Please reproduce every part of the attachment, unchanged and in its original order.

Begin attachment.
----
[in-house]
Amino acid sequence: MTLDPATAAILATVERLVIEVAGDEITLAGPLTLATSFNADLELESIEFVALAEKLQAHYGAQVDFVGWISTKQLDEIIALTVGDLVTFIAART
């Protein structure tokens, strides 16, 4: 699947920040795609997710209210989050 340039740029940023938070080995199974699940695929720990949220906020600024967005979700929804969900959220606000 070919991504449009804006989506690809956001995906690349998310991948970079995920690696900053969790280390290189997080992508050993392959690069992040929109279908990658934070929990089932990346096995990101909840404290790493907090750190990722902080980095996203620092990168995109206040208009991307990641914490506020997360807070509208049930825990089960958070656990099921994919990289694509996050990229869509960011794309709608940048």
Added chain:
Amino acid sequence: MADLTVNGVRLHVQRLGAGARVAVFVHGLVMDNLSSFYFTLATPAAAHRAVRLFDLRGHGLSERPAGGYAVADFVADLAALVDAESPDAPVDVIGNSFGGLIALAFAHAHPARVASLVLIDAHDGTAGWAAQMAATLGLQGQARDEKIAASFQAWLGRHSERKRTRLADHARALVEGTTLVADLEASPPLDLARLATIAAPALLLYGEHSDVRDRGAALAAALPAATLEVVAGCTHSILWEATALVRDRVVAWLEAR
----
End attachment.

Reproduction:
[in-house]
Amino acid sequence: MTLDPATAAILATVERLVIEVAGDEITLAGPLTLATSFNADLELESIEFVALAEKLQAHYGAQVDFVGWISTKQLDEIIALTVGDLVTFIAART
């Protein structure tokens, strides 16, 4: 699947920040795609997710209210989050 340039740029940023938070080995199974699940695929720990949220906020600024967005979700929804969900959220606000 070919991504449009804006989506690809956001995906690349998310991948970079995920690696900053969790280390290189997080992508050993392959690069992040929109279908990658934070929990089932990346096995990101909840404290790493907090750190990722902080980095996203620092990168995109206040208009991307990641914490506020997360807070509208049930825990089960958070656990099921994919990289694509996050990229869509960011794309709608940048």
Added chain:
Amino acid sequence: MADLTVNGVRLHVQRLGAGARVAVFVHGLVMDNLSSFYFTLATPAAAHRAVRLFDLRGHGLSERPAGGYAVADFVADLAALVDAESPDAPVDVIGNSFGGLIALAFAHAHPARVASLVLIDAHDGTAGWAAQMAATLGLQGQARDEKIAASFQAWLGRHSERKRTRLADHARALVEGTTLVADLEASPPLDLARLATIAAPALLLYGEHSDVRDRGAALAAALPAATLEVVAGCTHSILWEATALVRDRVVAWLEAR